> > its wings falling off (picky little thing). Apparently the jet-driven propellers created more
    > > vibration on take-off than the wings were
    designed
    > > to take, resulting in two instances of complete wing failure in flight.
    The
    > > wings were redesigned and upgraded at the then-unbelievable cost to
    Lockheed
    > > of $25 million (how times change!).
    >
    > Well, the original Lockheed Electras, the model 10s and 12As from the mid to late 1930s had very
    > good reputations. The later L-188 Electra model which had early problems with the wings didn't
    > enter service until 1959 - 7 years after the DeHavilland Comet began service, 5 years after the
    > Comets were grounded after several crashes. (After the problems with the Comet were identified and
    > fixed, it re-entered service in 1958.)
    >
    > The investigations of the Comet tragedies brought to light the issues of metal fatigue in
    > structures, and is generally considered the beginning of the science of fatigue analysis.
    >
    > http://www.ae.msstate.edu/vlsm/materials/fatigue/fatigue.htm
    >
    >
    > Mark McMaster [email protected]
    >
    >
    >
    > >
    > > --Mike-- Chain Reaction Bicycles http://www.ChainReactionBicycles.com
    > >
    > >
    > > "Mark McMaster" <[email protected]> wrote in message news:[email protected]...
    > >
    > >>Mike Jacoubowsky wrote:
    > >>
    > >>>>Somehow that sounds MUCH more comforting coming from the owner of a
    > >>>
    > > (well
    > >
    > >>>>regarded) bicycle shop(s), as opposed to a sales rep. and/or design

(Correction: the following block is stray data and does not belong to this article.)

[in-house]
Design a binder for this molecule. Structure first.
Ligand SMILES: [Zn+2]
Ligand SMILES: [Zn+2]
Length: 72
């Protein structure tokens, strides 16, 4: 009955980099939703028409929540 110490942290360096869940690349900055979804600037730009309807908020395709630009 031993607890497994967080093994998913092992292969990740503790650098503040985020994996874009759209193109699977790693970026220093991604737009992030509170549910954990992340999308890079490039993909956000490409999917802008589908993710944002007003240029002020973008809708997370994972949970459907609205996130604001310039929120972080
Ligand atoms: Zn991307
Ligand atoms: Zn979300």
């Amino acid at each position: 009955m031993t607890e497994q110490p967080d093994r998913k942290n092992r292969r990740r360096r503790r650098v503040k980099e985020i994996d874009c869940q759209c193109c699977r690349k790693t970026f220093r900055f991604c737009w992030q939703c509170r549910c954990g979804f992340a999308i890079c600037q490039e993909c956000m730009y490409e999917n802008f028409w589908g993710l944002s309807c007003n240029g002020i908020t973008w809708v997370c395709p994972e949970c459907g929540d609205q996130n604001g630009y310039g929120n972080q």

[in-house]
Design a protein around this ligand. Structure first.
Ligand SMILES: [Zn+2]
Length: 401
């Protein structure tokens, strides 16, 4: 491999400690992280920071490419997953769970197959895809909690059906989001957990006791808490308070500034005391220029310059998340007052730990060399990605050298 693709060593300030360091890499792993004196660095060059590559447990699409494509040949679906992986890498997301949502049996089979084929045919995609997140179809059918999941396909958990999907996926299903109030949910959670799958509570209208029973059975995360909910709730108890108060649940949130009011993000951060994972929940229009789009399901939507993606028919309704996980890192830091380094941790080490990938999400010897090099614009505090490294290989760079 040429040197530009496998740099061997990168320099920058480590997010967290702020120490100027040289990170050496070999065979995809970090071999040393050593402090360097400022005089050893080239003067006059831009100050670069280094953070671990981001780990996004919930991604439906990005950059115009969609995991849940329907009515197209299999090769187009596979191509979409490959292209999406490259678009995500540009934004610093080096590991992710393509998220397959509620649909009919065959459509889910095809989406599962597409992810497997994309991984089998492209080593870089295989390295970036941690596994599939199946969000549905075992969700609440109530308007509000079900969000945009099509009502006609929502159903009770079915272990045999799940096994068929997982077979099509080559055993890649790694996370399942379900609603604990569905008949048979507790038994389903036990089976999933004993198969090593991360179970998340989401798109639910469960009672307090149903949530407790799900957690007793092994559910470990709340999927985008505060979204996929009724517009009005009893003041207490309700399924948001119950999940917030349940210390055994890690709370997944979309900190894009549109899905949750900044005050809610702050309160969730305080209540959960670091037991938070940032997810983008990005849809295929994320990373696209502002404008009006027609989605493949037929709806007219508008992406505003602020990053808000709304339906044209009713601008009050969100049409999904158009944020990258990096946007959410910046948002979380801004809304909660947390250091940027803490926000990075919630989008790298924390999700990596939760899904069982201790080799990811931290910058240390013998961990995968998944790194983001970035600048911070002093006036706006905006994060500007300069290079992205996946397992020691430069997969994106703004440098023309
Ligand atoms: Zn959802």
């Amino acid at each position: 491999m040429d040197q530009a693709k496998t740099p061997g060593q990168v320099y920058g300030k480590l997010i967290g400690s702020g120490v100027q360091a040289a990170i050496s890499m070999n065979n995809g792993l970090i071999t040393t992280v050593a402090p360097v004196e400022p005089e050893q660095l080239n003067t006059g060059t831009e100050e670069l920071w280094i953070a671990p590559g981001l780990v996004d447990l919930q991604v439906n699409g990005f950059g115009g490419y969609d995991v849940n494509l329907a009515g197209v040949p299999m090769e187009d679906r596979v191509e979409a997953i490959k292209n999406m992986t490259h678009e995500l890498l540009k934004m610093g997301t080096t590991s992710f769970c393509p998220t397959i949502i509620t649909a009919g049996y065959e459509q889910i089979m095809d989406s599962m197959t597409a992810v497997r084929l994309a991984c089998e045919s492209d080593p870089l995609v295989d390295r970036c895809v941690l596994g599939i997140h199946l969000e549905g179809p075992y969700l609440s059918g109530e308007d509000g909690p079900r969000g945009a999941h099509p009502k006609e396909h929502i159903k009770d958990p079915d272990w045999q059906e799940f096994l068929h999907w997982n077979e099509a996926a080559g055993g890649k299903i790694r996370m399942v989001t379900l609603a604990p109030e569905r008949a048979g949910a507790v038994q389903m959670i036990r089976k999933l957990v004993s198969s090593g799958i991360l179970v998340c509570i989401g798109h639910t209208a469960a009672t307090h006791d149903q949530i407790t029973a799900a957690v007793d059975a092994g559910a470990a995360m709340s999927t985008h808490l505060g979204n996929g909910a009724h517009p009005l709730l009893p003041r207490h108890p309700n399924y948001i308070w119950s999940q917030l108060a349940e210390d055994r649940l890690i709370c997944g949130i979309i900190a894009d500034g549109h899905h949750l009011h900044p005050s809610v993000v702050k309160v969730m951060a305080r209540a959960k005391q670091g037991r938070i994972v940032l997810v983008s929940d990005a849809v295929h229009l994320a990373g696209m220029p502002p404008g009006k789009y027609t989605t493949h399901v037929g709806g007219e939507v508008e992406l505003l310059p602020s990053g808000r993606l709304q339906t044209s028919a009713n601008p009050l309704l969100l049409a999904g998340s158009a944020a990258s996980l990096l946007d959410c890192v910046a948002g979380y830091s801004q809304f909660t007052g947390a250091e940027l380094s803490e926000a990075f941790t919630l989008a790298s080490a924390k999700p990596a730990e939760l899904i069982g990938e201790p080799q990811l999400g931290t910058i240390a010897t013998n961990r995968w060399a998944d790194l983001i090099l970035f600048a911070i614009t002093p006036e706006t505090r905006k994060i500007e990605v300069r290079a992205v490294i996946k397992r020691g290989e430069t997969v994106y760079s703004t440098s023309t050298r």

> >>>
    > >>>engineer
    > >>>
    > >>>
    > >>>>for Airbus.
    > >>>
    > >>>
    > >>>I know, but I can't speak for Airbus... heck, I'm not even sure how
    > >>
    > > planes
    > >
    > >>>stay up in the air (but I try not to think about that while I'm
    > >>
    > > flying!).
    > >
    > >>>But remember that that was a *single* Airbus that crashed due to
    > >>
    > > improper
    > >
    > >>>design. Was it the Lockheed Electra that had multiple crashes because
    > >>
    > > they
    > >
    > >>>didn't understand the stresses that would occur... with an aluminum
    > >>
    > > airframe
    > >
    > >>>(with many, many years of experience building aluminum airframes)?
    > >>
    > >>That would be the DeHavilland Comet (the first passenger jet airliner), no the Lockheed Electra
    > >>(a highly reliable aircraft).
    > >>
    > >>
    > >>Mark McMaster [email protected]
    > >>
    > >
    > >
    >
     
  19. Mark Hickey

    Mark Hickey Guest

    "Mike Jacoubowsky" <[email protected]> wrote: